Instilling and Distilling Institutional Excellence: Rhetoric, Reality and Disparity

Ian Greener (University of York, York)

International Journal of Public Sector Management

ISSN: 0951-3558

Article publication date: 1 May 2005



Greener, I. (2005), "Instilling and Distilling Institutional Excellence: Rhetoric, Reality and Disparity", International Journal of Public Sector Management, Vol. 18 No. 3, pp. 294-296.



Emerald Group Publishing Limited

Copyright © 2005, Emerald Group Publishing Limited

Beil‐Hildebrand's book is a study of a German hospital she refers to by the pseudonym “Jo‐Care” in which she examines a cultural change there with special reference to its effects on nurses. The book attempts to combine “a critical review of the managerial and academic claims about changing the culture of an organisation with a critical realist ethnography of its introduction” (p. 13) and is successful to a degree on both counts. There is a very substantial methodology section taking up much of the first 100 pages, and perhaps betraying the roots of the work in the author's doctoral thesis. Even though this section is written well, and would be an excellent example to present doctoral candidates on how to present a literature review in a thematic and persuasive way, it is a less clear to whom the section would be relevant in book form. A general criticism of this early part of the book is that the concept of “culture” is so comprehensively pulled apart the reader is left with little sense of what it means in the context of the study. This takes away from the relevance of the book to understanding cultural change (or stability), and this can surely not have been the author's intention.

Once the book moves on to the study, Beil‐Hildebrand provides us with relevant background to the hospital system in Germany before moving on to the specific context of Jo‐Care itself. She paints a picture of a highly orchestrated and systematic attempt to change the way the hospital operates, with CEOs giving seminars and presentations to the workforce, and apparently engaging in a significant consultation exercise. This part of the study is strong, but perhaps reveals the most significant weakness of the book. Beil‐Hildebrand has produced an extremely interesting and timely ethnographic analysis of hospital change, but she often does not manage to get full value from the material she has so carefully collected. On pages 154‐55 of the text, for example, she gives an extended quotation in which a staff nurse describes the consultation process that led to the creation of the “organisational philosophy” being put together. The quotation is rife with contradictions but Beil‐Hildebrand never manages to capture the tensions between the need to manage the situation she describes (in which it might be hardly surprising that consultants come with ready‐made answers), the need to sell it to staff (through a rhetoric of consultation and participation) and the need to operationalise it (through the instigation of processes and procedures). Instead her interpretation is rather less unclear; she often appears content to leave the reader to draw his or her own conclusions rather than systematising and developing her findings into any kind of coherent analysis. This is also present in the section on “Management by walking about” (Chapter 9), which is, by turns, a Foucaultian panapticonist technique, or an attempt by management to get close to their staff (p. 204) which results, in the end, with them being rather uncertain about the final result. We can read this as a very post‐modern piece of organisational analysis in which there is only uncertainty and contradiction, but this flies in the face of the critical realist ontology that Beil‐Hildebrand suggests she is following.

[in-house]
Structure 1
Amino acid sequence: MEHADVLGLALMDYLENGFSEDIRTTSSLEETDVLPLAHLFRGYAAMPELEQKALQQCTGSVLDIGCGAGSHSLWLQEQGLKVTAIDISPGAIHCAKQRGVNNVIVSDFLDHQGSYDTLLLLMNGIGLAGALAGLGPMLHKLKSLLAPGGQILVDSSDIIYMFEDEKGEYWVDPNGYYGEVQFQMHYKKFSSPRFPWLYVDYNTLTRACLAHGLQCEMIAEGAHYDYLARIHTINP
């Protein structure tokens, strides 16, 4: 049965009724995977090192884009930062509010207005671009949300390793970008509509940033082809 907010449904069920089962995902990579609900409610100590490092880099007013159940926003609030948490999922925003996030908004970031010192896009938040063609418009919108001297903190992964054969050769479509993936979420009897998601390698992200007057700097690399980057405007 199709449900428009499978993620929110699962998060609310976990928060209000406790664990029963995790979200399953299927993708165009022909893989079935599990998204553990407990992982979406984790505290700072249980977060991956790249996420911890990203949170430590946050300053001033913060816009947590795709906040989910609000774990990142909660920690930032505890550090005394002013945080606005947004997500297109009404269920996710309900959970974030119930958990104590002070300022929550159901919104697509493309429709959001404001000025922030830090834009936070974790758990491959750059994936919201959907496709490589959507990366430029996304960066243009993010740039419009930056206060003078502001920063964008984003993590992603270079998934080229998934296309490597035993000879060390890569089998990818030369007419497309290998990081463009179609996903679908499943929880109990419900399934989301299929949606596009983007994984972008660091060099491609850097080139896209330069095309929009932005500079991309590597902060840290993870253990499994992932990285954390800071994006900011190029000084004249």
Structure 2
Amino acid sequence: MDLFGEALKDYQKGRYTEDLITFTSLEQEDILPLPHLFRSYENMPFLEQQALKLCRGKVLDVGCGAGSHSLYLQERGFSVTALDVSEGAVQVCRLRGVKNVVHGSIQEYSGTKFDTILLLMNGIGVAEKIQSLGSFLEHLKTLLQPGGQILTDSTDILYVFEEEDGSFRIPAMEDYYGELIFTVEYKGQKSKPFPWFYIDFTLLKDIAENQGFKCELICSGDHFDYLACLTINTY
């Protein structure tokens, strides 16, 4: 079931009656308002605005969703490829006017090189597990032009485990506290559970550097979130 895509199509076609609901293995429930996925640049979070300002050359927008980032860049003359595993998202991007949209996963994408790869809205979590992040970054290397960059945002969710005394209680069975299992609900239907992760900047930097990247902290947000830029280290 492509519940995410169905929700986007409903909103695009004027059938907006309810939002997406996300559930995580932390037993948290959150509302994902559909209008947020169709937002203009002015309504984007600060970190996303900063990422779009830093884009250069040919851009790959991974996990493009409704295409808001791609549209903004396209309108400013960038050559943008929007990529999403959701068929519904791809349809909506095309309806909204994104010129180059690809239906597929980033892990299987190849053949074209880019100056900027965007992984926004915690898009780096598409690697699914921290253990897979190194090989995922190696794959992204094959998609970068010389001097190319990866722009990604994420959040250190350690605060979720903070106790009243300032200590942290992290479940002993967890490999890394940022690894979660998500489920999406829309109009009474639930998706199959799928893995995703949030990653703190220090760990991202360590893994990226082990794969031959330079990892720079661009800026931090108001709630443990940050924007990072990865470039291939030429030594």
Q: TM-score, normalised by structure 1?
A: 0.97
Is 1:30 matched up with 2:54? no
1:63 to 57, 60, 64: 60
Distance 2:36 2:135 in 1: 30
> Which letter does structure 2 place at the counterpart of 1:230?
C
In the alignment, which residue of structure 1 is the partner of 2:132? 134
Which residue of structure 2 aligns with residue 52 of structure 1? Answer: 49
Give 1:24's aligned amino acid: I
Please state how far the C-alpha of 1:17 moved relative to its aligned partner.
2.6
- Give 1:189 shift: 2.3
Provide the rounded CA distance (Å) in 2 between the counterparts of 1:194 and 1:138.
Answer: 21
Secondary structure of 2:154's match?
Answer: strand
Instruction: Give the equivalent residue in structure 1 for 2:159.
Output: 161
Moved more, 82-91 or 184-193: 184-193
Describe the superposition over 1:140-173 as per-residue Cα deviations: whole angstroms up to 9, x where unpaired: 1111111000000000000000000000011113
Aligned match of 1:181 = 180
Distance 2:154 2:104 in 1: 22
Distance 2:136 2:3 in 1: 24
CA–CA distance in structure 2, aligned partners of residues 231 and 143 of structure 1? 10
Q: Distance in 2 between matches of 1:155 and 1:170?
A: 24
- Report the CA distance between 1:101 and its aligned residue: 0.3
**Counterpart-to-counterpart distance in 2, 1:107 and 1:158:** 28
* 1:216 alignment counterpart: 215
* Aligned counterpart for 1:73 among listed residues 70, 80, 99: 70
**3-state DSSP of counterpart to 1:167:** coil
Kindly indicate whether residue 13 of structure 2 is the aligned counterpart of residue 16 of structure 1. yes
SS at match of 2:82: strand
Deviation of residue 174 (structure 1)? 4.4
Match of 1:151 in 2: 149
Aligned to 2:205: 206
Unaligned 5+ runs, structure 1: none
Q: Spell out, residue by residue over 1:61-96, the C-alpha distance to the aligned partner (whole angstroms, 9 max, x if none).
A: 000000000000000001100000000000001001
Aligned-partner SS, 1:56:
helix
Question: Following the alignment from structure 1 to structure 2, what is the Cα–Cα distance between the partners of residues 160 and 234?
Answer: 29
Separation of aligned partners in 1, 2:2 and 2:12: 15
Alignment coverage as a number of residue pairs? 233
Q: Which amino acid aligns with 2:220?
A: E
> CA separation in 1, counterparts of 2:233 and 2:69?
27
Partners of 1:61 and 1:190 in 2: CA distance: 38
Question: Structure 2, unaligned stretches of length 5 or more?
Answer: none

The book concludes by summarising the “official” and “unofficial” stories of organisational change at the hospital. This is again, rather frustrating. Beil‐Hildebrand has produced a timely and important study of the process of change in a hospital that contains some wonderful stories and examples of the processes involved. But she does not quite ever manage to pull all the threads of her story together, leaving the reader, at the end, with a sense of knowing a lot about the hospital, but rather less able to explain exactly what he or she has actually learned. One way that the author might have resolved this is to perhaps use a more specified framework of analysis (Margaret Archer's work on morphogentic social theory and cultural change come to mind – especially given their explicit use of the critical realist ontology). Without such a framework, the reader, in the end, becomes a little overwhelmed with detail from the study and needs to work hard to place it all in a context that leads to greater understanding.

In all, I can recommend this book. It would serve academics interested in change in hospitals, both in Germany and elsewhere, well in providing a detailed ethnographic study with a number of fascinating cases within it. It serves less well in helping us to understand, however, exactly what happened at Jo‐care because of its lack of synthesis and explanatory sophistication.

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